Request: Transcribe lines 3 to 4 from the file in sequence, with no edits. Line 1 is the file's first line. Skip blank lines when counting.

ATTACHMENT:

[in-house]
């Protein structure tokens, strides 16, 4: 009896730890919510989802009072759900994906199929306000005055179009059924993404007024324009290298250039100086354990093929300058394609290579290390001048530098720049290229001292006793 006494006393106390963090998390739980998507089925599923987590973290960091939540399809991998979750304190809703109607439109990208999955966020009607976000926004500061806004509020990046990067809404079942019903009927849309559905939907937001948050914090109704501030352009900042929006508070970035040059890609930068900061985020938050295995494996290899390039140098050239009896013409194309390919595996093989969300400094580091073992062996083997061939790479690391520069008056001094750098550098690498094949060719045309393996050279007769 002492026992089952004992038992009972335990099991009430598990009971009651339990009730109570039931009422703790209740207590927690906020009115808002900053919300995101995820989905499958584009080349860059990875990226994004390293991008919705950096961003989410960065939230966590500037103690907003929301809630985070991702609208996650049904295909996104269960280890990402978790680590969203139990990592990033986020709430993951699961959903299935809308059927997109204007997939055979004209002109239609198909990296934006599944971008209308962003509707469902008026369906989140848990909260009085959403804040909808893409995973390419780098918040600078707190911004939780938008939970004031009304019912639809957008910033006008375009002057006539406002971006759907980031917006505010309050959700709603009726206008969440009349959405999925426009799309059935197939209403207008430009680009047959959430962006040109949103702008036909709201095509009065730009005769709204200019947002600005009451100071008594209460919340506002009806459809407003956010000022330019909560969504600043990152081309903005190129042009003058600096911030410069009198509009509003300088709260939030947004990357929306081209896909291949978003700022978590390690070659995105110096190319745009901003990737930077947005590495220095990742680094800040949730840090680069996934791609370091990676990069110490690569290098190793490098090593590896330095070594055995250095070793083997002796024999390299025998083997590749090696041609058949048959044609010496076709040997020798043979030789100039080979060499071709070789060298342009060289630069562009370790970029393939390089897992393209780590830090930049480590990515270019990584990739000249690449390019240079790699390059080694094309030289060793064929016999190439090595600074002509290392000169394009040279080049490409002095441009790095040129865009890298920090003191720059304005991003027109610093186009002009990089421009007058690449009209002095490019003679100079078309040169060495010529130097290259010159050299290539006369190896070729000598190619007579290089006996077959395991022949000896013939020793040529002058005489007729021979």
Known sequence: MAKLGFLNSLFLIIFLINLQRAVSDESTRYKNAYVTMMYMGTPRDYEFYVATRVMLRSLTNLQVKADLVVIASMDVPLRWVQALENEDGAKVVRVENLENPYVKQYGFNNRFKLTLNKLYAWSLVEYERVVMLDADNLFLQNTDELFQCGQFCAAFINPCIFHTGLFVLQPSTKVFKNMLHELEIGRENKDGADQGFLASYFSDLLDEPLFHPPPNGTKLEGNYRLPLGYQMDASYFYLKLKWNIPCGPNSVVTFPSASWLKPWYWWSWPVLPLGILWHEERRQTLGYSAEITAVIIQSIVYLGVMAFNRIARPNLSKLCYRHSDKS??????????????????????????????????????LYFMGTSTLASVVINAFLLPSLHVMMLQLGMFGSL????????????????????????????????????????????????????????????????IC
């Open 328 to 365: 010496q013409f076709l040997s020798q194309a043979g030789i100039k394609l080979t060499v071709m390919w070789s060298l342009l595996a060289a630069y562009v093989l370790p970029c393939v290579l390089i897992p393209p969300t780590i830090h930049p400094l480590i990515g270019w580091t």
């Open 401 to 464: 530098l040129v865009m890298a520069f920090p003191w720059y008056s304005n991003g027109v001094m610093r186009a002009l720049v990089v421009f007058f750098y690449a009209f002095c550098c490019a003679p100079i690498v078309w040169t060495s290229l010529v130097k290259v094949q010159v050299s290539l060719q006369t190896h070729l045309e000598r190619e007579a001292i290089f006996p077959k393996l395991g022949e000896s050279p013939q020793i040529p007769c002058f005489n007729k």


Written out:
Known sequence: MAKLGFLNSLFLIIFLINLQRAVSDESTRYKNAYVTMMYMGTPRDYEFYVATRVMLRSLTNLQVKADLVVIASMDVPLRWVQALENEDGAKVVRVENLENPYVKQYGFNNRFKLTLNKLYAWSLVEYERVVMLDADNLFLQNTDELFQCGQFCAAFINPCIFHTGLFVLQPSTKVFKNMLHELEIGRENKDGADQGFLASYFSDLLDEPLFHPPPNGTKLEGNYRLPLGYQMDASYFYLKLKWNIPCGPNSVVTFPSASWLKPWYWWSWPVLPLGILWHEERRQTLGYSAEITAVIIQSIVYLGVMAFNRIARPNLSKLCYRHSDKS??????????????????????????????????????LYFMGTSTLASVVINAFLLPSLHVMMLQLGMFGSL????????????????????????????????????????????????????????????????IC
């Open 328 to 365: 010496q013409f076709l040997s020798q194309a043979g030789i100039k394609l080979t060499v071709m390919w070789s060298l342009l595996a060289a630069y562009v093989l370790p970029c393939v290579l390089i897992p393209p969300t780590i830090h930049p400094l480590i990515g270019w580091t």